Top Five Search Warrant Exceptions
Back in colonial times, British authorities had the power to randomly search property and seize contraband, based on nothing more than a hunch. So, the Founding Fathers added the Fourth Amendment to the U.S. Constitution. Under this provision, searches are only authorized if police officers have affidavits based on probable cause.
Over the years, courts have carved out some exceptions to this rule. These exceptions are now so large that officers often don’t bother with search warrants, especially in drug possession, weapons possession, and other such criminal matters.
In court, the state has the burden of proof to show that a search warrant exception applies. If a Tampa criminal defense attorney partially undermines the state’s case, a judge could declare that officers illegally seized the contraband. If that happens, this vital evidence is inadmissible and the state must dismiss the charges, at least in most cases.
Court Supervision Waiver
As a condition of probation or parole, courts often require blanket consent to warrantless searches. Usually, this provision is buried somewhere in the fine print.
However, issues often arise in this area. Many supervision agreements don’t contain this provision. Or, a Tampa criminal defense attorney limits it during plea negotiations. Nevertheless, when officers investigate crimes and need suspects, they usually start with people that have criminal records. Furthermore, these investigators often assume they don’t need a search warrant to search the suspect’s house or apartment.
Affirmative, voluntary consent is perhaps the most common search warrant exception in Florida. Owner consent eliminates the need for a search warrant.
Let’s look at the two required elements (affirmative and voluntary) in more detail. There’s a difference between consent and assent. Assent is opening a door for an investigator or saying something like “I guess I don’t have a choice and I have to let you search my apartment.” As for voluntariness, if officers coerce the owner into consenting, perhaps by threatening to get a warrant or threatening some other legal action, the consent is arguably involuntary.
If drugs, weapons, or other contraband is in plain view, officers don’t need a search warrant to seize it. This exception only applies if officers had a legal right to be in that place at that time. Therefore, if an officer stops a motorist and sees a gun under the seat, the gun is inadmissible if the stop was illegal. Usually, an officer must have reasonable suspicion to detain a motorist.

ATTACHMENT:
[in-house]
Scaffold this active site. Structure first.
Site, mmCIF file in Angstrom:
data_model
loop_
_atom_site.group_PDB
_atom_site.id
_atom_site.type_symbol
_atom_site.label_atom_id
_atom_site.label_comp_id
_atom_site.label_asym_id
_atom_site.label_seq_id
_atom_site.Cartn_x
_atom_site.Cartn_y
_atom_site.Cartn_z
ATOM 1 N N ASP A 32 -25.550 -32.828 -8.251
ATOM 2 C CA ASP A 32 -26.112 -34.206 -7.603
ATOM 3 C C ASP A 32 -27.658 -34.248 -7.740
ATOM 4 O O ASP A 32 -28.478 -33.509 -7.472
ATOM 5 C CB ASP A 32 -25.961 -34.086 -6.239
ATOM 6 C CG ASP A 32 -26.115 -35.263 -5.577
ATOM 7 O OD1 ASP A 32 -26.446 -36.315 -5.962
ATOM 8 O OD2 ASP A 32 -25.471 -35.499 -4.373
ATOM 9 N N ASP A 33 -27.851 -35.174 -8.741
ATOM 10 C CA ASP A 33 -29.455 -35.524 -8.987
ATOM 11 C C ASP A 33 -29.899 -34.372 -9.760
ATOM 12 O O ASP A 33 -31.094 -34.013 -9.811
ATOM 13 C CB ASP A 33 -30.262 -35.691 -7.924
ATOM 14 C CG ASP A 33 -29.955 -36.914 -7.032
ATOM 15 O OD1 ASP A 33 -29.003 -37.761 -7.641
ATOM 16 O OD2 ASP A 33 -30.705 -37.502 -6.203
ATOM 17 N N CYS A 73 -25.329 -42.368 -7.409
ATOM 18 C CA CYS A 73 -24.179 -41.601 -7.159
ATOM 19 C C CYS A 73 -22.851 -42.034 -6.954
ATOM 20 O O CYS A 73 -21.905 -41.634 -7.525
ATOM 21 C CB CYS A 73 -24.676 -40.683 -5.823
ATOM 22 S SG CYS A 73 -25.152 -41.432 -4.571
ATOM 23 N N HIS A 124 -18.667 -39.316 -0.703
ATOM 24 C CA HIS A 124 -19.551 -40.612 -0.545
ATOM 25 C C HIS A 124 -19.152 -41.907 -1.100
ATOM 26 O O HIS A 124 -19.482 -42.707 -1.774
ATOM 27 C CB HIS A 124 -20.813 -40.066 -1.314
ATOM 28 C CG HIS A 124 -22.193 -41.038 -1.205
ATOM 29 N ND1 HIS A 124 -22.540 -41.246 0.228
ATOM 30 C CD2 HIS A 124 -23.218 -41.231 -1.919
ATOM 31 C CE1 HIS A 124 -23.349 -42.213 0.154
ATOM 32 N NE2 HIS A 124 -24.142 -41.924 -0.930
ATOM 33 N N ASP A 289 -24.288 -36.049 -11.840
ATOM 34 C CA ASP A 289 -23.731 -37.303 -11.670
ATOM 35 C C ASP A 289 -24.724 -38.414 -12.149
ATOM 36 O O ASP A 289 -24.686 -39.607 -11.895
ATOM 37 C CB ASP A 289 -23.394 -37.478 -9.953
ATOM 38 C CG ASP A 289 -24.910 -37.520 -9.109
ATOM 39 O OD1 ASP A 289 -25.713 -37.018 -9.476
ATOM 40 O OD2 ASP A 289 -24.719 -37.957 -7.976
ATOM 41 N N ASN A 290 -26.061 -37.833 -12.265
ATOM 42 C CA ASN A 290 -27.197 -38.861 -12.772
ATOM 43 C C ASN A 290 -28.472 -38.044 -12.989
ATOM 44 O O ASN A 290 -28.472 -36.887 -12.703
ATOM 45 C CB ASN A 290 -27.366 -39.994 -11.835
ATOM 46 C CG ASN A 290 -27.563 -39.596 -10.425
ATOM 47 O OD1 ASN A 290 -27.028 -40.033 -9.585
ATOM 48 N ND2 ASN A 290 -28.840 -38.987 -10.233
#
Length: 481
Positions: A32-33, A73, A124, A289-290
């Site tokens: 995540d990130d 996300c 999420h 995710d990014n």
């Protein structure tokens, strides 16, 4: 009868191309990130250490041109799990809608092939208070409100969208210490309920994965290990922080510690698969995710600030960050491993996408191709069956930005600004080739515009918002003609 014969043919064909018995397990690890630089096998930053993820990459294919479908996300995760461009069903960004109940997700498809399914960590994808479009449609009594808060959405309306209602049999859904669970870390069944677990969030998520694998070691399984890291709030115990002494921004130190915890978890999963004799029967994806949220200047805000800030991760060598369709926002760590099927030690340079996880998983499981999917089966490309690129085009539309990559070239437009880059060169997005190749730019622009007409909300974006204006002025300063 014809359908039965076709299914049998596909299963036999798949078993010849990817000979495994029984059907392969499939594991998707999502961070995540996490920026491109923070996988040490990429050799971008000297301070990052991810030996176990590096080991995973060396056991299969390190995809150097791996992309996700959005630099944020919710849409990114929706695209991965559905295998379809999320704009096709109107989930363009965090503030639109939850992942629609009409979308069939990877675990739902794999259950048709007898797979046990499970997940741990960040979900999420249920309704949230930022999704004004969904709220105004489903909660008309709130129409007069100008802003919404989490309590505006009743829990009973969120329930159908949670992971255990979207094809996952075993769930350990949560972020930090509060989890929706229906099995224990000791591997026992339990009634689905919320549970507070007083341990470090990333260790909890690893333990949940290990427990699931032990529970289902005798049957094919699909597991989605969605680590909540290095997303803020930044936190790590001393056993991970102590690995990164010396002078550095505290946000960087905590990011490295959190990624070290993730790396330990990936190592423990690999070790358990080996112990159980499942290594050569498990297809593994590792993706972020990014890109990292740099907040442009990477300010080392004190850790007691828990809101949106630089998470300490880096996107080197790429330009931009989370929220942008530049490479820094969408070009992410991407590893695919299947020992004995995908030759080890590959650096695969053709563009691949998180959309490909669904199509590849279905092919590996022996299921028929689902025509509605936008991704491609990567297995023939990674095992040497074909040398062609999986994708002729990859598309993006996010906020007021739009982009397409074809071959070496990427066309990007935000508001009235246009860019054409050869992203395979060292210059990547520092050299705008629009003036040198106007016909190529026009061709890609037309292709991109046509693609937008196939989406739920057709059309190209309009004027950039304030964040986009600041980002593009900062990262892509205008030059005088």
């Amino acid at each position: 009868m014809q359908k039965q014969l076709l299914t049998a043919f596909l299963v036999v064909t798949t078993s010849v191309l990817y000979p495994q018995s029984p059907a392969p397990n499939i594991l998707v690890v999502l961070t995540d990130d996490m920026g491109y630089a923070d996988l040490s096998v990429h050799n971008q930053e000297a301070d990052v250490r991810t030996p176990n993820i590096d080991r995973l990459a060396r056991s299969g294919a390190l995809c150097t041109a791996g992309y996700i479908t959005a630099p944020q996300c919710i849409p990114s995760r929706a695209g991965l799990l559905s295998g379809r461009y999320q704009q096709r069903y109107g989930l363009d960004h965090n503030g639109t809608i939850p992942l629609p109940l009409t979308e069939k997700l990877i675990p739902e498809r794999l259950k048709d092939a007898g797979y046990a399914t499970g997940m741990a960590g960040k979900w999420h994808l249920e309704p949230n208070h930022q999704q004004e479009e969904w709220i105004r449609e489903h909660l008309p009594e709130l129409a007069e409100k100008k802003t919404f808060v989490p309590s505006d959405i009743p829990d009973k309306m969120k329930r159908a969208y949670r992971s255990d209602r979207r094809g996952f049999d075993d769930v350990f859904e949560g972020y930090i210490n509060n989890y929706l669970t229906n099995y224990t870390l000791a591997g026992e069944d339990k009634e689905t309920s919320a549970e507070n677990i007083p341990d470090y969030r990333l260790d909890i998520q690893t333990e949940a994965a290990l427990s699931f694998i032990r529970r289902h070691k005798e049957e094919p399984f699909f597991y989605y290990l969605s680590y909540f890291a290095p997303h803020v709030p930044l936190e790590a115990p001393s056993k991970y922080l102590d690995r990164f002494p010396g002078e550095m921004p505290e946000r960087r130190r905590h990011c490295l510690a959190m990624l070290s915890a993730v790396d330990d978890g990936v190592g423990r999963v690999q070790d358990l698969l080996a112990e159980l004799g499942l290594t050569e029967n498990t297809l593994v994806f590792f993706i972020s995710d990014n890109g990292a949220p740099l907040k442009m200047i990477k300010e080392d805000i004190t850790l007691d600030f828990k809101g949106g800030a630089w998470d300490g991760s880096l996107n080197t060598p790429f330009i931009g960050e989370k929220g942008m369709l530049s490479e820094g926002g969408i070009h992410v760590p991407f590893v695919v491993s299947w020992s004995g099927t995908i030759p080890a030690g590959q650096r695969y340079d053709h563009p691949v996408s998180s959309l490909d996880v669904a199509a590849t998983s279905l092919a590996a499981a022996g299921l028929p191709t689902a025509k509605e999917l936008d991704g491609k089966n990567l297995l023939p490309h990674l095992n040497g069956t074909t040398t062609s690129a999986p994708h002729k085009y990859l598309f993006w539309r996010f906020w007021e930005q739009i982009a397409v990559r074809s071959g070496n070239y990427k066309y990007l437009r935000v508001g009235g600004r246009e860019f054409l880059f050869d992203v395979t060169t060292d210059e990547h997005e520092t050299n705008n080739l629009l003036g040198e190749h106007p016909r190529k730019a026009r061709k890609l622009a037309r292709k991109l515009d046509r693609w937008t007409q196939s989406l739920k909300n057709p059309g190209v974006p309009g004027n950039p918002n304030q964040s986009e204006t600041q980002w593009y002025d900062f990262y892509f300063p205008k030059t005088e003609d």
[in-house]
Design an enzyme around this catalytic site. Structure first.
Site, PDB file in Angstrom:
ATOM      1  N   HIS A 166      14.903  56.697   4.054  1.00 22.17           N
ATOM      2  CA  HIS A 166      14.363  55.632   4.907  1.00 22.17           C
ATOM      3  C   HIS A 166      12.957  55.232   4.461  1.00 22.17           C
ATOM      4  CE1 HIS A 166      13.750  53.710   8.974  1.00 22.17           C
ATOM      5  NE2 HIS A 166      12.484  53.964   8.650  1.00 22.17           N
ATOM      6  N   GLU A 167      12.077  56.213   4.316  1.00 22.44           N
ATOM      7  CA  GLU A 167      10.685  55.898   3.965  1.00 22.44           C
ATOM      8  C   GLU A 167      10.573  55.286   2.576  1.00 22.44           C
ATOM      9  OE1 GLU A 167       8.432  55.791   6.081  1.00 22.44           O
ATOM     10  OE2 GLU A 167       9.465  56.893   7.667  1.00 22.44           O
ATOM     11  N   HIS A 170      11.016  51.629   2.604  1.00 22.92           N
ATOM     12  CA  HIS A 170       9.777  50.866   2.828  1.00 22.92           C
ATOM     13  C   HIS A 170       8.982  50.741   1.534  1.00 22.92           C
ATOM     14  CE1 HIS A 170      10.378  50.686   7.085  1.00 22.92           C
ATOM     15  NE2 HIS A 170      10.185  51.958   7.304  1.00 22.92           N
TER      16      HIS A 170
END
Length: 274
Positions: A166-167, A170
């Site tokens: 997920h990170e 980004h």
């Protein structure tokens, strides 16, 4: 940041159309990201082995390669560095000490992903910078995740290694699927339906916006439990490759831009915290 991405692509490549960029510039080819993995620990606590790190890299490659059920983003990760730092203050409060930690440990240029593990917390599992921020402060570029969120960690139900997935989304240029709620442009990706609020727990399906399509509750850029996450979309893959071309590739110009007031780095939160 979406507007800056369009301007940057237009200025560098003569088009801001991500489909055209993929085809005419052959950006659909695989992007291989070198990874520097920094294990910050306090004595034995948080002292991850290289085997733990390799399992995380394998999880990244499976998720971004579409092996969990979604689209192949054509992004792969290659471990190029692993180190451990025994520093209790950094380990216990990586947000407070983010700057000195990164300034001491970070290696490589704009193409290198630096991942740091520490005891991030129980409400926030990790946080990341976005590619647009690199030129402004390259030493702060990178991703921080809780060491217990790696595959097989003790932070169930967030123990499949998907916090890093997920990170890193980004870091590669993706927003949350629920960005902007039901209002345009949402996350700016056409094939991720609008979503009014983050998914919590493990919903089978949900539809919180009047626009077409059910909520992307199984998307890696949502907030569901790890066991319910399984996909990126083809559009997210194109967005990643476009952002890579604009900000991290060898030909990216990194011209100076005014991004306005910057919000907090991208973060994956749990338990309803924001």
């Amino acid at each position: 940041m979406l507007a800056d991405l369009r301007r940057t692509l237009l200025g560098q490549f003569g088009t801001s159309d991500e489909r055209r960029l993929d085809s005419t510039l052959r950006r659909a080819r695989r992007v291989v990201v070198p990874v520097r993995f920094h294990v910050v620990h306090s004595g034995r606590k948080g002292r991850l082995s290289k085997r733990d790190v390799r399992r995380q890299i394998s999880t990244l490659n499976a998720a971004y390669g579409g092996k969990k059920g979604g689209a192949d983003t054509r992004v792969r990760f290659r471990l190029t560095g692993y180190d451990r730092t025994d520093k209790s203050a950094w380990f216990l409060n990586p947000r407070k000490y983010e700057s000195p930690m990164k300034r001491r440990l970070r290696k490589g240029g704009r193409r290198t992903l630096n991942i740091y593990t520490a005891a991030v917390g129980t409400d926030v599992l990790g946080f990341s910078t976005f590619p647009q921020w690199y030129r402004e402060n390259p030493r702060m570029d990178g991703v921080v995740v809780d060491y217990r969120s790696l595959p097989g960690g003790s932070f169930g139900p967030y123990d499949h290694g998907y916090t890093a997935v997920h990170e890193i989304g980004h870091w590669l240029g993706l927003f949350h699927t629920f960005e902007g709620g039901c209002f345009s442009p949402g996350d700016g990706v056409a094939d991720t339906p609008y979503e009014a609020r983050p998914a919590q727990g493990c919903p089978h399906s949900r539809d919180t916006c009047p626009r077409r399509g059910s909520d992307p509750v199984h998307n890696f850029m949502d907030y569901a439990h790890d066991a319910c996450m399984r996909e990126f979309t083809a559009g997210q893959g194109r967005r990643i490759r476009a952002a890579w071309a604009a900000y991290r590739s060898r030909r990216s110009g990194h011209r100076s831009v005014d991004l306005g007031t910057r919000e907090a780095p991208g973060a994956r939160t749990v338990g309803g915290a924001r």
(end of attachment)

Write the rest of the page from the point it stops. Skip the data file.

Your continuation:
Partial plain view cases are often an issue in this area. If an officer sees a gun’s handle protruding from under a seat, the item could be an illegal firearm, a legal firearm, or a BB gun. Usually, the officer must ask questions about the item. Motorists have a Fifth Amendment right to refuse to answer these questions. Most likely, if that happens, the defendant will be arrested. But at least the state won’t have any physical evidence to use at trial.
Weapons Pat Down
We mentioned the reasonable suspicion rule above. Basically, reasonable suspicion is an evidence-based hunch that the defendant did something illegal. Nine times out of ten, an unrelated traffic violation, like speeding, serves as reasonable suspicion in these cases.
Weapons pat downs are a bit different. If officers reasonably suspect criminal activity, they may stop people and pat them down for weapons. During these pat down searches, they may seize any contraband they see in plain view, or rather feel during the search. These searches often don’t hold up in court. Sight unseen, it’s almost impossible to tell the difference between a dime bag and a ham sandwich.
The four aforementioned exceptions usually apply to seized evidence. The exigent circumstances exception allows officers to enter dwellings without warrants. This exception applies if officers reasonably believe someone could be in trouble inside the dwelling. The subsequent search is limited to a security sweep. Officers cannot look into every nook and cranny.
Reach Out to a Diligent Hillsborough County Attorney
A criminal charge is not the same thing as a criminal conviction. For a free consultation with an experienced criminal defense lawyer in Tampa, contact the OA Law Firm. We routinely handle matters in Hillsborough County and nearby jurisdictions.